Andrew Zimmern explores how the marriage of cooking and science is producing eye-popping discoveries.
Andrew samples a dozen different barbeque styles around the world, from a buffalo meat tailgate party to Texas pit BBQ to a pig roast in South Carolina, barbequed mutton in Kentucky to chicken hearts in Peru and pork in Korea.
Comfort foods remind us of home, and Andrew samples all sorts, from a grandma's recipe for chopped hogs head in Belize, chitterlings in the American south, Vietnamese pig uterus soup and the world's oldest ice cream in Syria.
The usual reaction to snakes or crocodiles is to run, but Andrew Zimmern catches and cooks them, eager to try everything from boa constrictors in Nicaragua to poisonous toads in Australia, to giant snapping turtles in Pennsylvania.
Despite the onslaught of globalization, there are still groups around the world that cling to the food traditions of their ancestors. Andrew visits those pockets of authenticity to sample classics of every continent. In Asia, he prowls the street markets of Beijing, China to taste crispy grilled cicadas and raw sea urchins. Andrew meets Chef Luu Meng in Phnom Penh for a typical Cambodian meal made with their traditional fermented fish paste, and in Thailand he visits a small village to see how the famous Thai fish stomach sauce is still made by hand by women gutting fish on the ground outside their small huts. Islands of the Pacific offer a different fish experience and Andrew finds a family that still makes Hawaiian dishes the old fashioned way, by scraping the spine and blood line of tuna. Off the coast of Samoa, Andrew catches giant yellow fin tuna with Captain Alfred, and gets to try a beating heart cut from his catch along with a traditional Samoan delicacy of palolo, or spoiled worm paste. And Australia offers a wide range of classic dishes at the Darwin Mindil Beach market, where Andrew samples skewers of meat from crocodile, emu and camel. Africans give Andrew a warm welcome starting with the village of Lwanika in Uganda, where they have no refrigeration, so he eats goat meat smoked and salted, along with matooke, which are steamed green bananas and goat stomach lining and intestines. In Tanzania, Andrew stokes up for a full day of climbing with a breakfast of Supu, a soup made of multiple animal innards including goat lungs, heart, liver, cow intestines, tongue and tail. Some of the most iconic foods of Europe are getting harder to find these days, as Andrew discovers when he hunts for bull testicles, made famous by Spanish bullfights. But he finds some fresh bull balls in Madrid's Mercado de la Paz, and gets them cooked at a nearby stall in the market. In Venice, Andrew takes to the Lagoon to fish for the traditional cuttlefish, used in many dishes there. But he gets more than he bargained for when the cuttlefish refuses to give up quietly, and bites back. In South America's quintessential party town, Rio de Janeiro, Andrew gets a samba dance lesson at a huge community fundraising bash called a Feijoada party, where he eats heaps of the main dish, a stew of every part of the pig and cow, from feet to tripe to tail. In the Bazurto market of Cartagena, Colombia, Andrew finds traditional specialties like turtle, chicken and rodents, normally stewed with coconut milk, peppers, tomatoes, onions and vinegar. And in Lima, Peru, Andrew chokes down a few gulps of a frog milkshake, a health drink handed down through the culture of the Andean mountains. And finally, North America has so many diverse cultures, each with its own iconic foods. He visits the rural sugar shack of Montreal chef Martin Picard for a feast where everything is coated or cooked in the maple syrup Picard taps on the premises. It's a huge change of scenery and culinary pace when Andrew stops at the Big Apple Inn of Jackson, Mississippi, for their signature pig ear sandwiches. And finally, Andrew goes along with the Aaron family to trap muskrats on the Chesapeake Bay, learns how to skin them and remove the noxious musk gland, and then how to cook them with a generations-old recipe.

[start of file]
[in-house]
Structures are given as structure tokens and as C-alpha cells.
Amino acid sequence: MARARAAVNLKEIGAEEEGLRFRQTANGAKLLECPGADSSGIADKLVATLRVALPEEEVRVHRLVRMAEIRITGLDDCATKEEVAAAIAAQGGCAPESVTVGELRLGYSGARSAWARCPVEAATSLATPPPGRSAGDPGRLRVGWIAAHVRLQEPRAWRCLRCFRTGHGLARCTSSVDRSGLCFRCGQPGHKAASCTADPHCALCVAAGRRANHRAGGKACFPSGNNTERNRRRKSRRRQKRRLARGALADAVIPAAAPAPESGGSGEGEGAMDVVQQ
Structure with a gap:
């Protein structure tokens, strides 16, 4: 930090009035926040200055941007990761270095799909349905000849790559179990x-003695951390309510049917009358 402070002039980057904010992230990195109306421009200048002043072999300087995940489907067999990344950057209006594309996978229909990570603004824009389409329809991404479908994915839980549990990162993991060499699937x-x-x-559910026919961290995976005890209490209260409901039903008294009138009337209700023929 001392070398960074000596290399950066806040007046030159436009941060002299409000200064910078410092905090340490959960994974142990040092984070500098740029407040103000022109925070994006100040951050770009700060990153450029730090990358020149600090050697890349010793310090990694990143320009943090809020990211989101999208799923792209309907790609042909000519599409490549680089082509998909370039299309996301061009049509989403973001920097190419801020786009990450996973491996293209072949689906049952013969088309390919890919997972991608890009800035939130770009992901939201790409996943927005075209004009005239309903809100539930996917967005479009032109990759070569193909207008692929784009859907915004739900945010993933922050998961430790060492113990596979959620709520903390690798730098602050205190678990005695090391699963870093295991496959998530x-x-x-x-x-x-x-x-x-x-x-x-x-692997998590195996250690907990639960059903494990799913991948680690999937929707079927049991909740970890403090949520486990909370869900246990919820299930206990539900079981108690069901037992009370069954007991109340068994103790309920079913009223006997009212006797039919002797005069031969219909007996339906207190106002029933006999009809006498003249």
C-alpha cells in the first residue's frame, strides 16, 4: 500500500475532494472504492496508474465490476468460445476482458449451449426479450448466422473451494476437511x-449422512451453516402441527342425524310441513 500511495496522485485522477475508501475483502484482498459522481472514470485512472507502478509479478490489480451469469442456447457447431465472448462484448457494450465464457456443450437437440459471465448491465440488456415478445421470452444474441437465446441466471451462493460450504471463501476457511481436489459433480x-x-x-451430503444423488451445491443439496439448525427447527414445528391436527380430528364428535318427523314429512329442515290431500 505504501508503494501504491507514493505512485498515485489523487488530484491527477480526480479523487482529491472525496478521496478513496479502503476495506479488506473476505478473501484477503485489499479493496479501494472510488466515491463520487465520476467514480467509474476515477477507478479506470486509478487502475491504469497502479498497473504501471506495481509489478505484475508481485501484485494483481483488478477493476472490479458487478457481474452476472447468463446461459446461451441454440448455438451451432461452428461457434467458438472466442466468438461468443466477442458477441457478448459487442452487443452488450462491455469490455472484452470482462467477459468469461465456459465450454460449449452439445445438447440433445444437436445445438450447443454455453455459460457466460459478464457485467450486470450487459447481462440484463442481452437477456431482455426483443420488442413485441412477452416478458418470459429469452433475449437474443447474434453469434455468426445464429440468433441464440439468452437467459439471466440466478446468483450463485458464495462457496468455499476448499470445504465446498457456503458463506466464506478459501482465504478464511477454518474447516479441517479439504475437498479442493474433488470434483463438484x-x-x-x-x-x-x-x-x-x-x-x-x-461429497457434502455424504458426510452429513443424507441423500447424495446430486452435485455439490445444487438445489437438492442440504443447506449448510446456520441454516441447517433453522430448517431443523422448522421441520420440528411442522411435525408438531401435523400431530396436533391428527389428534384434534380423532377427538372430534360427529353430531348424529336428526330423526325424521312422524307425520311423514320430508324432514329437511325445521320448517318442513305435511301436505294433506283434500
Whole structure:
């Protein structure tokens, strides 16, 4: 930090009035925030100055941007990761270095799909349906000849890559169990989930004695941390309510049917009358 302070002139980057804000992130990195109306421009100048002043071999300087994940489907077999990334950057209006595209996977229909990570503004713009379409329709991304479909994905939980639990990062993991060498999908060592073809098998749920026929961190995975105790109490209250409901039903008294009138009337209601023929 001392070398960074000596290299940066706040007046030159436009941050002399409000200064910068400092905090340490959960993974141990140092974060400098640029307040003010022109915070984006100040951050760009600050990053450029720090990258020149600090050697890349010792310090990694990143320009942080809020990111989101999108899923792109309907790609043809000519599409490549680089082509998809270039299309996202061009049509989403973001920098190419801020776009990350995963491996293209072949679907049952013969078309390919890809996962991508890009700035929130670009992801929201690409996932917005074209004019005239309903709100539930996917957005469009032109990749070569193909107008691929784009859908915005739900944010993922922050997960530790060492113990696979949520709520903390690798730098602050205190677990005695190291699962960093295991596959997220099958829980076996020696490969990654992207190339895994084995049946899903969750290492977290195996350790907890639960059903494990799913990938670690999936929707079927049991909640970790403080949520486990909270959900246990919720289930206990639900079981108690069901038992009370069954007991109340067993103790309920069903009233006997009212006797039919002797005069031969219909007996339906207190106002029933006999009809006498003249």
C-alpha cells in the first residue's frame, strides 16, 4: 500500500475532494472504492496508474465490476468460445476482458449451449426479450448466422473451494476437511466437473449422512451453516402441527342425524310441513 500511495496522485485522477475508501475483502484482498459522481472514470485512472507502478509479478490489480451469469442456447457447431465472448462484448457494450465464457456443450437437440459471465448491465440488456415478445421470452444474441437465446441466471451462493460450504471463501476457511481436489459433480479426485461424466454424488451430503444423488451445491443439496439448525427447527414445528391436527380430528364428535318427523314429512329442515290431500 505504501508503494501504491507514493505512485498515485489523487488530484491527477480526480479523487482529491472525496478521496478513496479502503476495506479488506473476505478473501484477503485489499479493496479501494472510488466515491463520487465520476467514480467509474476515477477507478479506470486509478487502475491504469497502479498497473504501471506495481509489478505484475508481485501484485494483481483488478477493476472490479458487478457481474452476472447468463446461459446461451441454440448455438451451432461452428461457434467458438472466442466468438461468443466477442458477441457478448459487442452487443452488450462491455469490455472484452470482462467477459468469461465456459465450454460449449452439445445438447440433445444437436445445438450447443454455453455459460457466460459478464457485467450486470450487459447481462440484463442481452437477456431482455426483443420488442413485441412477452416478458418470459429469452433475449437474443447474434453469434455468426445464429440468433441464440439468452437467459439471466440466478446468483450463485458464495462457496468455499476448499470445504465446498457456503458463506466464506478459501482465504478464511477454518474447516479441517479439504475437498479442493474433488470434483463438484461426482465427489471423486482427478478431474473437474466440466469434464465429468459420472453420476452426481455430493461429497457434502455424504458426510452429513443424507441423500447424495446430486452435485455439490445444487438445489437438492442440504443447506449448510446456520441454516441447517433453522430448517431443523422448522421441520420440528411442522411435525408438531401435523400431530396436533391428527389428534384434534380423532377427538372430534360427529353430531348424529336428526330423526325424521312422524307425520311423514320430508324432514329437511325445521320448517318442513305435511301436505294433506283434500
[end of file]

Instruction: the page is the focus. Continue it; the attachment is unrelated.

Andrew shares more of the unforgettable moments from the road that never made it into the show. From eating pig brain in Vietnam to sipping honey water in Mexico, these never-before-seen moments are too good to miss!
Through the years, Andrew has had some incredible food experiences that only happen once in a lifetime. From maggot cheese in Nicaragua to slurping live langoustine in the Faroe Islands, Andrew recalls meals that can't be matched.
Andrew learns that hard work runs in the family when it comes to family-run food businesses. From harvesting caviar in Florida to serving moose pot pie in Newfoundland, food just tastes better when the family legacy is at stake!
The best food experiences are often served with a side of adrenaline. From midnight spearfishing in the Alaskan wilderness to eating poisonous vipers in Philadelphia, Andrew goes out of his comfort zone to find the best bites.
Andrew does his part to help restore the planet's natural balance one meal at a time. From tossing rocks at pigeons in Virginia to bowfishing carp in Minnesota, Andrew combats nature's most troublesome pests with a knife and fork!